UBC Theses and Dissertations
Field-based evaluation of processes and models for soil vapour intrusion into buildings Hers, Ian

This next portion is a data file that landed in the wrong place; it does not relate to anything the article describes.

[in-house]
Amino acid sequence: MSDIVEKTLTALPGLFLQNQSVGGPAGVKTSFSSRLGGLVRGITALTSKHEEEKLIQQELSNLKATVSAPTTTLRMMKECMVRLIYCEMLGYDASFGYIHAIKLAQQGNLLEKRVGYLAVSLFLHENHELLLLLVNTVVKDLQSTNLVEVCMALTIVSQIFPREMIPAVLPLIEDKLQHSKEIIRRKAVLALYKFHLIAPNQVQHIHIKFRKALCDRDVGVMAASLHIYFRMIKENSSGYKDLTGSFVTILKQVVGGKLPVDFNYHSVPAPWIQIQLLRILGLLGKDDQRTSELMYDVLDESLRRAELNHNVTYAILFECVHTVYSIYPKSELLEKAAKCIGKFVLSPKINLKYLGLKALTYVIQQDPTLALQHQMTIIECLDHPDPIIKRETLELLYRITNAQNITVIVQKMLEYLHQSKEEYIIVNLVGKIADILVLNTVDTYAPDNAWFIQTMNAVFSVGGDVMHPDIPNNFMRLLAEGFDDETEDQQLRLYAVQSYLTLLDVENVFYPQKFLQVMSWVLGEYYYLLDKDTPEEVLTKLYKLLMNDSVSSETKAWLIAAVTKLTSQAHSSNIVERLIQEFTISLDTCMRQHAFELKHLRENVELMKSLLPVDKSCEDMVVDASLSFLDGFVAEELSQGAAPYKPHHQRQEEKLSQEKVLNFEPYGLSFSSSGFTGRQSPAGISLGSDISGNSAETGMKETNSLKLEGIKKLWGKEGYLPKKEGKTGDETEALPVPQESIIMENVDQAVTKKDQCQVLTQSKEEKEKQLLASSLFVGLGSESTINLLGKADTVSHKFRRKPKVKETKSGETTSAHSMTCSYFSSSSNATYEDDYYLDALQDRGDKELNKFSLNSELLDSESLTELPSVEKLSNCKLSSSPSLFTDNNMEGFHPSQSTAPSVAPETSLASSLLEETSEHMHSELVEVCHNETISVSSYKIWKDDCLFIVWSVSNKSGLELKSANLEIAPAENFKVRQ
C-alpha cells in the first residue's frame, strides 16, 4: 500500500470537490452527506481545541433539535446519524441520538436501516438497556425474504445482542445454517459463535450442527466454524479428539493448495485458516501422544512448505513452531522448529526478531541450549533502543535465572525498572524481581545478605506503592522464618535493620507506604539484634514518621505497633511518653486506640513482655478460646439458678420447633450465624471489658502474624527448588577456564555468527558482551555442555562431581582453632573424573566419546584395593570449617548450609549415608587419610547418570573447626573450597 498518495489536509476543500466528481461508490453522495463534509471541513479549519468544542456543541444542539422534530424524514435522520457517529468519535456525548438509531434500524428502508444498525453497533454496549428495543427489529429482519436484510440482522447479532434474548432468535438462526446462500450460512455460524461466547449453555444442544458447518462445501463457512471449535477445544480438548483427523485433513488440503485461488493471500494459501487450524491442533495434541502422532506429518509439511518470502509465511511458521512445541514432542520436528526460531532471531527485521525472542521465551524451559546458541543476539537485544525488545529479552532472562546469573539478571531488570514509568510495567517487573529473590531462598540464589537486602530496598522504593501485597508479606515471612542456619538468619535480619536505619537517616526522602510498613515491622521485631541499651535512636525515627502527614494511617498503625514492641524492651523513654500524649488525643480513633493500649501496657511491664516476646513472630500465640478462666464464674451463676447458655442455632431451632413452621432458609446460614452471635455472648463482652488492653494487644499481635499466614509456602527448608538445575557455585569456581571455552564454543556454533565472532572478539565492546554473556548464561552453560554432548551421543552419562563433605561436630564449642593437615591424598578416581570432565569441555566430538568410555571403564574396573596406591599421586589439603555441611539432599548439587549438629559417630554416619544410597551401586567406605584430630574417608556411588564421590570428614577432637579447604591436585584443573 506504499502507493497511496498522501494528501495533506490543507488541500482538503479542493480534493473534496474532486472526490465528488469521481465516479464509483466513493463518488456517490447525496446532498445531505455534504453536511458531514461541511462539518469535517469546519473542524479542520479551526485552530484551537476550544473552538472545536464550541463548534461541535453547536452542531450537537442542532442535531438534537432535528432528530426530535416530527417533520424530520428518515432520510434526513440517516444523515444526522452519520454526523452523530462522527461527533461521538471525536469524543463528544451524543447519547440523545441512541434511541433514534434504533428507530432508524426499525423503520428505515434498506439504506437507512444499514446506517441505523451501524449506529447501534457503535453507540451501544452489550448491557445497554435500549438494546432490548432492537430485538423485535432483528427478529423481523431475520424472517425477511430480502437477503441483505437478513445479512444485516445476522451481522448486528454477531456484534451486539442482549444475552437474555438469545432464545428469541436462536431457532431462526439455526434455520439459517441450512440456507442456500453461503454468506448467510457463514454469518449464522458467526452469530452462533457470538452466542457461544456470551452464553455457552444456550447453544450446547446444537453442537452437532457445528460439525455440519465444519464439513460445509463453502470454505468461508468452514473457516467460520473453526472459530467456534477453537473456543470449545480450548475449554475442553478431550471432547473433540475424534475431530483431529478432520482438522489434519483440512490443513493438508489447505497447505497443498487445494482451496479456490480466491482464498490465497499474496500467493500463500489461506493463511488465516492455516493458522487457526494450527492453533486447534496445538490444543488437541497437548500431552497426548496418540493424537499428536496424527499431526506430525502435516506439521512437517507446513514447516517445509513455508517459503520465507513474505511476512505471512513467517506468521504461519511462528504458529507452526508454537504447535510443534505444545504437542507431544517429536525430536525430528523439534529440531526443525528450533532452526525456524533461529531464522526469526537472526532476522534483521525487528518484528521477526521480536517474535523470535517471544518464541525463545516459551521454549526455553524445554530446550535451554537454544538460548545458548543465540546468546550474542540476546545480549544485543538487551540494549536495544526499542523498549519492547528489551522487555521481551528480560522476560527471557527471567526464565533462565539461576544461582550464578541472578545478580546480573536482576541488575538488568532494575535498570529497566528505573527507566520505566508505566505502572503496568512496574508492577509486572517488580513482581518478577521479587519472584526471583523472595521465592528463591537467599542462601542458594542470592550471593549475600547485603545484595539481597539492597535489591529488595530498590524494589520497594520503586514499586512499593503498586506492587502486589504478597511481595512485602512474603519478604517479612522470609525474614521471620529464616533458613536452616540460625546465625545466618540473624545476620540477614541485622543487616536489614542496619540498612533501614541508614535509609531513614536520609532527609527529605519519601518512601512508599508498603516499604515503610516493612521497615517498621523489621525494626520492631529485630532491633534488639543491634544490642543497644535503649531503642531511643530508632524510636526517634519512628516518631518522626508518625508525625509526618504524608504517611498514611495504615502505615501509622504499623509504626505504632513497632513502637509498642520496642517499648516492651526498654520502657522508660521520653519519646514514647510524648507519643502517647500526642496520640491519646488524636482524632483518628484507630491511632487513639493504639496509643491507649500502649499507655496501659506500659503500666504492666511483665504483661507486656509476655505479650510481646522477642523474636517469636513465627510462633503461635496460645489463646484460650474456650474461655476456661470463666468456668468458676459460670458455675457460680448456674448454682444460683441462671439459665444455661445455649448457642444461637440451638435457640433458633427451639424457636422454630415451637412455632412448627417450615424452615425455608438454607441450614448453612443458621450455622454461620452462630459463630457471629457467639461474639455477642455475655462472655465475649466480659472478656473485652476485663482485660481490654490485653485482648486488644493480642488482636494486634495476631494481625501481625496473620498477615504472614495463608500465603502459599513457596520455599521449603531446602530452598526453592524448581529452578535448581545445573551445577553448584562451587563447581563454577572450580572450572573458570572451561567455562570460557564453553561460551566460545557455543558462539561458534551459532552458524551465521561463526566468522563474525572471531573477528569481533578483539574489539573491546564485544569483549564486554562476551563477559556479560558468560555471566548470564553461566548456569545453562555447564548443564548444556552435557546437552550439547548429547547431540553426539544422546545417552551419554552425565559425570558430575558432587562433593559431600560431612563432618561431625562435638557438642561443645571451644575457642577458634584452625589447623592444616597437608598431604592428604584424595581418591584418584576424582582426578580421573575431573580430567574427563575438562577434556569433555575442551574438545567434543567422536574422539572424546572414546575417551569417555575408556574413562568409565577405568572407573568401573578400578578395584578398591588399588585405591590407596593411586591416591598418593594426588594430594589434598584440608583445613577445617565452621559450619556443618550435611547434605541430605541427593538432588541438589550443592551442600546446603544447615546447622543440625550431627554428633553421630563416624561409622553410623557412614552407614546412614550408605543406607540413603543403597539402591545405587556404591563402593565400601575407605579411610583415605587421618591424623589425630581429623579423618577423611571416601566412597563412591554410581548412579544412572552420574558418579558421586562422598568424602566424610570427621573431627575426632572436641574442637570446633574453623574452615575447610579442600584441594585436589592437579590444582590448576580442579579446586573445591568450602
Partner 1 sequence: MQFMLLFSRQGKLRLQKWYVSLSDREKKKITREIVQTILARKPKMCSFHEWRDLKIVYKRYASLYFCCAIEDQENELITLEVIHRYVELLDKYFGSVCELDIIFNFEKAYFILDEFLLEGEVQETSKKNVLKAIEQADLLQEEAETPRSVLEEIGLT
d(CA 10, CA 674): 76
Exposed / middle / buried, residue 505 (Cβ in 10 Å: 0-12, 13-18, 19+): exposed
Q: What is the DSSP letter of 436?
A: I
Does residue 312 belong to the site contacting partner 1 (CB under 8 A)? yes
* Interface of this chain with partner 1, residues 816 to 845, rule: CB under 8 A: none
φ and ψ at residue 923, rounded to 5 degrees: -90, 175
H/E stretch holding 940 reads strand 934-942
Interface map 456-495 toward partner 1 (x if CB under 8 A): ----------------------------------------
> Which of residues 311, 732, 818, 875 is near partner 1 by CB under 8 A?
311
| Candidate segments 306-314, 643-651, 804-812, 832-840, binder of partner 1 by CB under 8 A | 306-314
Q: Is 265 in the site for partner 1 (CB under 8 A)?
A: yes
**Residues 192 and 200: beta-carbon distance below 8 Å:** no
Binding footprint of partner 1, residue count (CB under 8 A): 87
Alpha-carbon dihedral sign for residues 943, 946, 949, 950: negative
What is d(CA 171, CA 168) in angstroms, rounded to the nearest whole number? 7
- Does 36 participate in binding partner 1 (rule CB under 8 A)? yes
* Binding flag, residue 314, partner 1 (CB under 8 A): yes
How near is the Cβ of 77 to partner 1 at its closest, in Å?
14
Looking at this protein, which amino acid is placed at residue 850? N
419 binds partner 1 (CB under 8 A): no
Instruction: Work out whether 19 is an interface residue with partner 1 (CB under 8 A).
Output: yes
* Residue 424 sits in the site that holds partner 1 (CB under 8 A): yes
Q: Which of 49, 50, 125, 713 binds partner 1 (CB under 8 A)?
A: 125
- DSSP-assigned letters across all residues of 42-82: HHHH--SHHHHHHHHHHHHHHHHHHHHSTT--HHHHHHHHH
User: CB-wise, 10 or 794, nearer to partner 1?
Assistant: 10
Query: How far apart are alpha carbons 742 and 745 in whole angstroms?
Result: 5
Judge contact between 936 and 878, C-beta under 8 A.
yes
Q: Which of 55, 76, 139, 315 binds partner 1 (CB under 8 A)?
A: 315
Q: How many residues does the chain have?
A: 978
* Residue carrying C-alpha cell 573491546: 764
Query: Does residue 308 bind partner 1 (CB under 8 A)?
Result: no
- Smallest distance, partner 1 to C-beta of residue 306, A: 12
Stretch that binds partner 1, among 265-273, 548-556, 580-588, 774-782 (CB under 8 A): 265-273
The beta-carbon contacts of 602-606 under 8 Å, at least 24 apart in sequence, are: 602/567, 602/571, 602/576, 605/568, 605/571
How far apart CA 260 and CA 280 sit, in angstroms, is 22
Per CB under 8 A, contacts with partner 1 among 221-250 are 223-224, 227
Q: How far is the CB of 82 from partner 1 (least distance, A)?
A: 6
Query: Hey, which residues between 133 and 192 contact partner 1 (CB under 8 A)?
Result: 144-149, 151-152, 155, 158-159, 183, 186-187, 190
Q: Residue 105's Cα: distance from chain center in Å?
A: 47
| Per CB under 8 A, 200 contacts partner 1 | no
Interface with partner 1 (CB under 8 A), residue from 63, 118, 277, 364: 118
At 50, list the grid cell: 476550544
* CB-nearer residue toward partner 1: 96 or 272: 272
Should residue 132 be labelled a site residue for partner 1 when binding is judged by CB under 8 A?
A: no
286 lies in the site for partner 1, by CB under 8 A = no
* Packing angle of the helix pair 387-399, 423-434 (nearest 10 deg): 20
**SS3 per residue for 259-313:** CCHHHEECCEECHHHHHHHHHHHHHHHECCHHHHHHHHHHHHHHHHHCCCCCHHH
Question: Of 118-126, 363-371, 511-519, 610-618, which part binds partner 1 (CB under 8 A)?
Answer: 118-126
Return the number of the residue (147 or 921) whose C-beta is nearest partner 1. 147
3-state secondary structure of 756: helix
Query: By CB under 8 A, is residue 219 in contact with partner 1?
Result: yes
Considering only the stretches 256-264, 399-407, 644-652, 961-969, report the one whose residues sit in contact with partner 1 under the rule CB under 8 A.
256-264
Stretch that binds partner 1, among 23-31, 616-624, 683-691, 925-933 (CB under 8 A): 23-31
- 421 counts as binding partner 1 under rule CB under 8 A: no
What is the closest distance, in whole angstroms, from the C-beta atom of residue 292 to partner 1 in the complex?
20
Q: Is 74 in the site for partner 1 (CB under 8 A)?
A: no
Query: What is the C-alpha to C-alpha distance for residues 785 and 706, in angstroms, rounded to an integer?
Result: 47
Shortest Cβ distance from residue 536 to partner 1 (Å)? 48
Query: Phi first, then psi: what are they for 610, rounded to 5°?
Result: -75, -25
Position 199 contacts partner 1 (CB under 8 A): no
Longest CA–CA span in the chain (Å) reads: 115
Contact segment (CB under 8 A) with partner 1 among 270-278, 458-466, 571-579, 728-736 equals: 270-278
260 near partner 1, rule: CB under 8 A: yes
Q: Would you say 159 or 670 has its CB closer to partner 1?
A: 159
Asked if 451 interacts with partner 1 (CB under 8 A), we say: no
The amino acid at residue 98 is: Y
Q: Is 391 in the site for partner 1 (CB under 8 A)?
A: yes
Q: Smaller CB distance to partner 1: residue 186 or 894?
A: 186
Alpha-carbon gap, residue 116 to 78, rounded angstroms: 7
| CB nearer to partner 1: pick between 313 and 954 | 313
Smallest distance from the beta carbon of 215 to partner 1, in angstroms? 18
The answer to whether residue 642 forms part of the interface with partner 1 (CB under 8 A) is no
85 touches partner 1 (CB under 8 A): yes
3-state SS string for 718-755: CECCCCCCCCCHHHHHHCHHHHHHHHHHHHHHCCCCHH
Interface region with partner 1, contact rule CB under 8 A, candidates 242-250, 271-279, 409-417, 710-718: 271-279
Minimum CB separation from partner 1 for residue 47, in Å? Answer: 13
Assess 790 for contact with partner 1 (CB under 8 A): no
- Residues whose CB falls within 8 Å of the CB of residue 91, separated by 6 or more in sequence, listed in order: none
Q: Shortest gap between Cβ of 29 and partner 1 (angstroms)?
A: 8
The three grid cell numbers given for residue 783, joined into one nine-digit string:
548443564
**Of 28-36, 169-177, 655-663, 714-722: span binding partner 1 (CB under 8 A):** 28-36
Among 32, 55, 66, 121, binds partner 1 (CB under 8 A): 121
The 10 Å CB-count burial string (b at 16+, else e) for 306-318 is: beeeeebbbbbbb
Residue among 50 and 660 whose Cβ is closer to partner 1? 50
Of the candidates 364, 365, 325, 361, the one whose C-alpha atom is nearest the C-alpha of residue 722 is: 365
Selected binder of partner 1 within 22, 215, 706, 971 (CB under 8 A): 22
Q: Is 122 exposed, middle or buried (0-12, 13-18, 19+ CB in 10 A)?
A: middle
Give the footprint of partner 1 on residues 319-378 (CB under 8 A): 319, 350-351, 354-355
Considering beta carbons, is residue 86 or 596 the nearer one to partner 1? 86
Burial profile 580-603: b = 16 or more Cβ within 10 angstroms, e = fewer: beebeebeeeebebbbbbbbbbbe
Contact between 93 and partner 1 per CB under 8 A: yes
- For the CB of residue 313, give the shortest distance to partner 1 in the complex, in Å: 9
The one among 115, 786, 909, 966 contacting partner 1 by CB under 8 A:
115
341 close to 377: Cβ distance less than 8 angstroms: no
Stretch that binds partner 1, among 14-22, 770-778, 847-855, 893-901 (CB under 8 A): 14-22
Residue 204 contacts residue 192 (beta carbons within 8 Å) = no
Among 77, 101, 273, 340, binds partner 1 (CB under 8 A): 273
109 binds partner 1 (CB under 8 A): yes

This thesis presents the results of research on the validation of models used to evaluate the intrusion of subsurface volatile organic compounds (VOCs) into buildings, often referred to as the "soil vapour transport to indoor air pathway". Evaluation of this exposure pathway is important in the context of risk-based corrective action for contaminated sites. The study scope addresses both the fate and transport of VOCs in the unsaturated zone, and intrusion of VOCs through the subsurface building envelope (i.e., foundation). The primary approach adopted to investigate and validate models was to obtain extensive field monitoring data on VOC vapour transport and intrusion, obtained at a former petro-chemical plant site ("Chatterton" site). The Chatterton site, located near Vancouver, B.C., Canada, is contaminated with benzene, toluene and xylenes (BTX). To facilitate measurement of BTX intrusion, a small building (greenhouse) with controlled properties was constructed. A number of experiments were conducted to evaluate vadose zone processes and vapour intrusion for different greenhouse depressurization conditions. When the greenhouse was not subject to sustained fan-induced depressurization, there was significant aerobic biodegradation of BTX vapours between approximately 0.4 m and 0.8 m depth below the greenhouse, and subslab BTX vapour concentrations were low. When the greenhouse was depressurized to -10 pascals (Pa), the subslab BTX vapour concentrations were elevated, and significant vapour intrusion was measured using both tracer and flux chamber techniques, which was inferred to be a result of an upward BTX vapour flux that exceeded biodegradation capacity based on oxygen availability. A comprehensive analysis of case studies providing information on soil vapour intrusion was completed. This analysis, together with the Chatterton site results, were evaluated for key trends and factors affecting soil vapour intrusion. The vapour attenuation factors estimated based on field case studies were compared to those predicted using several screening level models, including the Johnson and Ettinger Model, a widely used model for this exposure pathway. The validation of screening models using field data is complicated in that model predictions can vary greatly depending on the model and input parameters used. Further, soil vapour fate and transport and intrusion into buildings is a complex process affected by numerous factors (soil properties, house conditions, and environmental factors); therefore, vapour intrusion will vary significantly depending on site specific conditions. The results of the model comparisons to field data indicated that screening level models, typically used for this exposure pathway, were found to generally yield conservative results (i.e., overpredict vapour intrusion); however, there were a few important exceptions. A multi-dimensional numerical model for vapour transport, which incorporated diffusion, biodegradation, sorption and soil gas advection, was also developed. Good comparisons between model predicted and measured vapour attenuation were obtained based on conditions observed at the Chatterton site.
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